Feeling the Heat? Anticorruption Mechanisms in Comparative Perspective

Moshe Maor*

*Corresponding author for this work

Research output: Contribution to journalReview articlepeer-review

46 Scopus citations


This article addresses the implications of political executives losing control over corruption investigations of senior officeholders following the creation of anticorruption mechanisms (e.g., commissions, special prosecutors, independent counsels, investigating judges). When investigations hit close to home, the ensuing political fallout makes political executives eager to look for ways to derail such investigations, especially when investigators proceed with an uncharted mandate. Against this background, two hypotheses are investigated: (i) the striking outcome of this process is a concerted move by targeted political executives to undermine the credibility of anticorruption mechanisms and, when deemed necessary, to terminate their operation, and (ii) the extent to which the prosecutors are successful depends on both institutions and media accessibility: the more centralized and fused political power is, and the less media accessible the government is, the harder it will be to carry out an investigation. These hypotheses are strongly supported by a comparative analysis of five anticorruption mechanisms in the United States, the Soviet Union, Italy, and Australia (Queensland and New South Wales.).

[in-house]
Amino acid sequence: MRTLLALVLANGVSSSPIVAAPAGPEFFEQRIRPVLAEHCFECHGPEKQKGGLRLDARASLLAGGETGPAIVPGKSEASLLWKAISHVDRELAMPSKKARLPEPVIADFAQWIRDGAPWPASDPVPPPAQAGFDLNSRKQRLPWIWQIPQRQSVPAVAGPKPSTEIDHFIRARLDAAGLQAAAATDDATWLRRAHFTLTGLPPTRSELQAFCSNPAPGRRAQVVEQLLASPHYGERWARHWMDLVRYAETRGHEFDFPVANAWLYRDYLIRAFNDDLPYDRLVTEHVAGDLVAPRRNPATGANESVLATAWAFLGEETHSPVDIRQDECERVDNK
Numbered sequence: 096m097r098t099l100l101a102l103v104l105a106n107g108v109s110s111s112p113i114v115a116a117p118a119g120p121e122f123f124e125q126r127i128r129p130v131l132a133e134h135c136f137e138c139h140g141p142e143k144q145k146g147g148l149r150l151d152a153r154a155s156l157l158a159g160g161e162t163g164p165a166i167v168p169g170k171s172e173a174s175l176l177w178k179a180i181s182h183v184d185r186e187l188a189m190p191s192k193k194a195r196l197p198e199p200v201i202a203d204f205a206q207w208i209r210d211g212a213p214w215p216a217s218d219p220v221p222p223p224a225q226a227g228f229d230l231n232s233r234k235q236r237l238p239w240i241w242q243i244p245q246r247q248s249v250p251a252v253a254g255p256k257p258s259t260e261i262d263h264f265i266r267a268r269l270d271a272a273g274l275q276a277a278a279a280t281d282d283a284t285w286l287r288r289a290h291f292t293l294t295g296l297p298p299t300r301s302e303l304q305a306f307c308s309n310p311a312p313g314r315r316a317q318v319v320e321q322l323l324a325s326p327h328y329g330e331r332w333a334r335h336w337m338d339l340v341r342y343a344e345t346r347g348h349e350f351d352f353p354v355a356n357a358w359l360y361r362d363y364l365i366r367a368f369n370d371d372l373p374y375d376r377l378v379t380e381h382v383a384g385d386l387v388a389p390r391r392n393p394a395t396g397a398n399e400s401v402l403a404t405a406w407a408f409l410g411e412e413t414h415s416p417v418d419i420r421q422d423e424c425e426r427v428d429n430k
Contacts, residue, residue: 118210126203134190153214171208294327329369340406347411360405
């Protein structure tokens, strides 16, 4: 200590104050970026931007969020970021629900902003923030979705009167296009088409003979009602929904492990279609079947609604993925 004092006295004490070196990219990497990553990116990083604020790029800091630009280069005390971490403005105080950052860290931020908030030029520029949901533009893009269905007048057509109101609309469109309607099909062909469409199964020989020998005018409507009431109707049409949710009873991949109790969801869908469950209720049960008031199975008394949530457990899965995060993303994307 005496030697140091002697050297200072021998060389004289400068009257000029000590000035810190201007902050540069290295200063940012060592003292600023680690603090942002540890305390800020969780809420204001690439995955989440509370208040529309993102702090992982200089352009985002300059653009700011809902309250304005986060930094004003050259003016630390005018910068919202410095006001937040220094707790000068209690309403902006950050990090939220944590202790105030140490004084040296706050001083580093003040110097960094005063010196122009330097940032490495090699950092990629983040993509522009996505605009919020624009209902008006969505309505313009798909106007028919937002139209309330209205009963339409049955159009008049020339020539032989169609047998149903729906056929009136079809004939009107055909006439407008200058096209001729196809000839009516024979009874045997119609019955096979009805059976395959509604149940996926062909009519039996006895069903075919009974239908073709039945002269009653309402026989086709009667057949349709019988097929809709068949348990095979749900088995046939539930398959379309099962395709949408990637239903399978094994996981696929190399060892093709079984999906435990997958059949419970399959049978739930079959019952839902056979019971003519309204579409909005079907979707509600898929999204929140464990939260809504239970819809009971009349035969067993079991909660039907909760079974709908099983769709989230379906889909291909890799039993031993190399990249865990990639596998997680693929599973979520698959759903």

Original languageAmerican English
Pages (from-to)1-28
Number of pages28
Issue number1
StatePublished - Jan 2004


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